National Bento Month

Wasn’t September National Bento Month? Yeah, I think it is—and to celebrate, I’m urging you to bring at least one bento a week this month! Easy for me to say…I bring my lunches to work every day anyway, even though they’re not all bentos. Sorry, but even bringing leftovers to me is better than the food choices where I work—nothing but fast food and sandwich joints. No plate lunches ‘round here! My rule of thumb: if you can’t eat it with chopsticks, it doesn’t belong in my lunch! Of course in my case, I eat everything with chopsticks—even my salads. It’s just easier that way to me, and it’s a habit I picked up in Japan.

The important thing is not to sweat what you bring in your bento—as long as you like it, who cares? No one says you have to get elaborate like those “Kyara-ben” (character bentos) that the Japanese moms spend so much time crafting. There’s no need to get intimidated—if I can make a bento, anyone can. Some days I’m literally frying up spam and eggs and packing it with some rice, I swear! (But at least have some furikake handy to sprinkle on your rice tho—makes it look better.) And it helps to get a bento box at your local Asian market if you have one. I didn’t realize there were so many kinds of bento boxes until I started thinking about it. Here’s a few of the most popular types:

These are the most common ones you see at the Asian markets, and they come in all shapes, sizes and colors. The best thing about these is they come with sectioned compartments that keep your side dishes separate from each other. The lids are usually sealed pretty good with rubberized gaskets, almost to the point of being airtight. This helps when you have juicy food—it’s not going to leak out if you accidentally flip it over, at least not immediately. And many of them come with their own chopsticks, or are designed to stack double-deck style to keep the rice completely apart from the entree, in its own box, in case you have juicy food.

A more mainstream type of food container is the translucent plastic, with the flexible snap on lids. These are getting more sophisticated too, because of the popularity of bento. A lot of them come with their own utensils, they also have compartments, and many are microwavable. They’re usually lighter in weight which some people may appreciate, and they’re probably cheaper.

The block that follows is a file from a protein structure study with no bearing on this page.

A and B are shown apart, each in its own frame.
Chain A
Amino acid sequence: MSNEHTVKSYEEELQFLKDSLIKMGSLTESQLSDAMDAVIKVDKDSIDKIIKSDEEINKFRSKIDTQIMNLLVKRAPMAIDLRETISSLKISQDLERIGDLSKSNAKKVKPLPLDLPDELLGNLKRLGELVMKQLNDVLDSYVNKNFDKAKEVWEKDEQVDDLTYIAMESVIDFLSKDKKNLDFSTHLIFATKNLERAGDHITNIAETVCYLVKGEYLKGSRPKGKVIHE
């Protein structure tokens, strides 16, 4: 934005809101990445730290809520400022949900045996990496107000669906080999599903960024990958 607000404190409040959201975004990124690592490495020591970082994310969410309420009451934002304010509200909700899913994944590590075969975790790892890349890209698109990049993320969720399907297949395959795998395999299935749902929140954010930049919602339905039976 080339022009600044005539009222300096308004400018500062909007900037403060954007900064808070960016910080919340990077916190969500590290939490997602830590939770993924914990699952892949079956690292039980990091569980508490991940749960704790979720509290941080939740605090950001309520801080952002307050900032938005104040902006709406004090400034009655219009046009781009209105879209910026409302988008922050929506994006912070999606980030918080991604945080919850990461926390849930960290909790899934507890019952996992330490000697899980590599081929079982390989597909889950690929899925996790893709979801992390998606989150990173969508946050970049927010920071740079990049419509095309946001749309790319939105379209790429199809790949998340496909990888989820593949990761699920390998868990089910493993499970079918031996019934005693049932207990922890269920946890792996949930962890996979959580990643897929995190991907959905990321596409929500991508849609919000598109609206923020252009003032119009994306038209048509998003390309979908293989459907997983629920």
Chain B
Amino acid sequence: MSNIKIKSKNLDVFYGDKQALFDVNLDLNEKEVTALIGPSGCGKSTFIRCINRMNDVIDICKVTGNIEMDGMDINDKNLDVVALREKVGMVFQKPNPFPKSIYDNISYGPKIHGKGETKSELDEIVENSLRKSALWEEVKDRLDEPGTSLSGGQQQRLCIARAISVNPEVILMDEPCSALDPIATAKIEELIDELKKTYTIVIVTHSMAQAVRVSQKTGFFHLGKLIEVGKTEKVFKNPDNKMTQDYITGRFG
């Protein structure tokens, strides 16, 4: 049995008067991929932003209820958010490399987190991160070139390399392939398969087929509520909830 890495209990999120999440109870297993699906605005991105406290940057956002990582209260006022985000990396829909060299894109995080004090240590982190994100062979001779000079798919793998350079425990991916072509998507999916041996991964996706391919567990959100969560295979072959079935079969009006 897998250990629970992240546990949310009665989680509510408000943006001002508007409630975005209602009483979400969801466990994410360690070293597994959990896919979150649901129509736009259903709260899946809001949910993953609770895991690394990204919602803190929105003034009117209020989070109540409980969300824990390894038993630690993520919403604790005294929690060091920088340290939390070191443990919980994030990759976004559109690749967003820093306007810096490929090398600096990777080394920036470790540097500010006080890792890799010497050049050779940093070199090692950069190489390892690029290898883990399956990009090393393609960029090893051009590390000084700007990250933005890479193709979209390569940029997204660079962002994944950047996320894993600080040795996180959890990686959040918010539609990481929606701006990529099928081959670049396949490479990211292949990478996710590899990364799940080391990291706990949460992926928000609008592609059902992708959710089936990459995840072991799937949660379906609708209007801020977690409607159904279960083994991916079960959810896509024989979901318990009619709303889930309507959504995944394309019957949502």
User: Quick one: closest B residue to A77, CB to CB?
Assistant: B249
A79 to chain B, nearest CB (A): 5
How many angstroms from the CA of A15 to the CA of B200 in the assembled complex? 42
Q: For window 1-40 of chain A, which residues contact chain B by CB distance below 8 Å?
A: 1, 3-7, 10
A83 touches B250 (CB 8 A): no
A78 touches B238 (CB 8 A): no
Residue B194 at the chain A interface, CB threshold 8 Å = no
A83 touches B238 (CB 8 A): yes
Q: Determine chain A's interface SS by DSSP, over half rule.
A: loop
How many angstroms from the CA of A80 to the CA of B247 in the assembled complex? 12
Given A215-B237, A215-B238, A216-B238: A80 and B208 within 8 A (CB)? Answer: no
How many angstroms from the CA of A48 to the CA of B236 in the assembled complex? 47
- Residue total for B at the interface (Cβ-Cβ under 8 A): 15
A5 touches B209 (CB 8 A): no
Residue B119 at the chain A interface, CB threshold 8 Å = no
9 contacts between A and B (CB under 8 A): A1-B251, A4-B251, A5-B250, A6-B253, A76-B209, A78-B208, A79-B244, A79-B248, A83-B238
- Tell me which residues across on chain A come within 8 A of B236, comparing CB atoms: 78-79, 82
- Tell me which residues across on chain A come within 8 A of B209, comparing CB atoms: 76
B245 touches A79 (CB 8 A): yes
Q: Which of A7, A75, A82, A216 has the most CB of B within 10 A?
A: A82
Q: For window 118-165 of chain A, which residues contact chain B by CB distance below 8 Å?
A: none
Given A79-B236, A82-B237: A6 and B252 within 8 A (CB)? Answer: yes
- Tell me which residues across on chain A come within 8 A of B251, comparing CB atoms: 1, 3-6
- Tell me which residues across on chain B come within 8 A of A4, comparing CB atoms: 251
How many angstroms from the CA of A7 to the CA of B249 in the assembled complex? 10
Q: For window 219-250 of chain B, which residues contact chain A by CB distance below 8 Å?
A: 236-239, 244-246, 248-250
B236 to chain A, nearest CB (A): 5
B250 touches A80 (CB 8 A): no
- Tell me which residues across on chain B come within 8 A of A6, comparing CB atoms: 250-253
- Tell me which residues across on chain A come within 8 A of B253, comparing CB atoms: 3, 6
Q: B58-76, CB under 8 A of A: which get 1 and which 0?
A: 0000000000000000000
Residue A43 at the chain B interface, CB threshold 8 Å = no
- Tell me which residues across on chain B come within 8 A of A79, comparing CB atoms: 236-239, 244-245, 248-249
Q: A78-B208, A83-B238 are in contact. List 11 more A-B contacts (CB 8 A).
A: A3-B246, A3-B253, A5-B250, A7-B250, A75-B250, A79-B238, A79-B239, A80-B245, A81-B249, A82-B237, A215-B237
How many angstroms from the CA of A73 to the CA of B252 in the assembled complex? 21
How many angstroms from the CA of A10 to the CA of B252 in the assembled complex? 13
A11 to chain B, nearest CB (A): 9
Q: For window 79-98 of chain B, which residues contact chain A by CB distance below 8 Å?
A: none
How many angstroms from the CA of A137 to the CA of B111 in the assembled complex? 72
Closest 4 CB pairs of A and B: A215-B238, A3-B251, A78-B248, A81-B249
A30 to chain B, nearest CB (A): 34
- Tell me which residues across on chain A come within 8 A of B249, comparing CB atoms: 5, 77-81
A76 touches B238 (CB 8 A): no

This very elegant box is classic and very traditional, made of curved or straightened cedar and cypress by a very long, handcrafting process. It’s very expensive, but it’s no doubt the most stylish—and the wood helps keep the food cool and tasty, while keeping the rice at the perfect moisture. The faint whiff of natural wood when you open these boxes enhances the experience. These are definitely not airtight, so you wouldn’t want to pack anything liquid in them because they are not leakproof. But it really makes the food inside look delicious, doesn’t it? Don’t be packing spam and eggs in one of these! A word of caution—don’t stick these boxes in a dishwasher, and you’ll need to thoroughly air-dry them so the wood doesn’t deteriorate. If you want to go completely authentic with this kind of bento box, bring it to work wrapped in a furoshiki, a traditional square of patterned cloth that is meant to carry small packages and can also be used as a placemat.

A bento box wrapped in a furoshiki cloth.

A faux wooden container ekiben (train station bento).

Metal bento boxes are either aluminum or stainless steel. Being non-porous, their greatest advantage is that they won’t absorb stains or odors so they clean up extremely well. The aluminum ones are coated, so like the stainless steel ones, they’re made to resist corrosion. Of course you can’t microwave them, but metal is pretty durable and lightweight. Stainless steel is especially popular because it’s so easy to care for and they’re very attractive and stylish. I feel like they’re almost fashionably retro in a way, and they’re definitely kid friendly because of their durability and easy to open lids.

Thermal Insulated
And finally, probably the most high-tech bento box you can buy, the lunch jar cannisters that are partially thermal insulated to keep the food inside warm or chilled, depending on what you’re bringing. They are only partially insulated so that you can keep certain foods away from the hot foods, thus ensuring that nothing spoils. These are cleverly designed to house stackable containers, some that get secured in the thermal section, while others are kept at room temperature. Of course, the big plus with these lunch jars is that you can have hot or chilled food anytime, so they’re great for outdoor work or even picnics. They have multiple parts, but in general they’re easy to clean—I have to warn you that they could be bulky and heavy for kids to bring to school. You can read more about these Zojirushi Lunch Jars here.

Have I inspired you yet to make your own bento this month? If you’re stuck on what kind of lunch to bring, read more about the different types of bento here, or elsewhere online for ideas. Really though, the point is to make your lunch more fun!


photo sources:
Bentology, wooden box (Joi Ito), double deck box (Patricia Harold), curved wooden box & metal box (Gamene), furoshiki (Saotin), thermal (Zojirushi)

Used with permission or by Creative Commons license



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About Bert Tanimoto

Oldish father of two youngish kids. Zojirushi enthusiast and professional writer. California resident with roots in Hawaii and Japan. Classic rock, popcorn movies, audio books, spam, sushi and cone filtered coffee. Guilty pleasures include donuts and pop bands like ABBA and Wham!.

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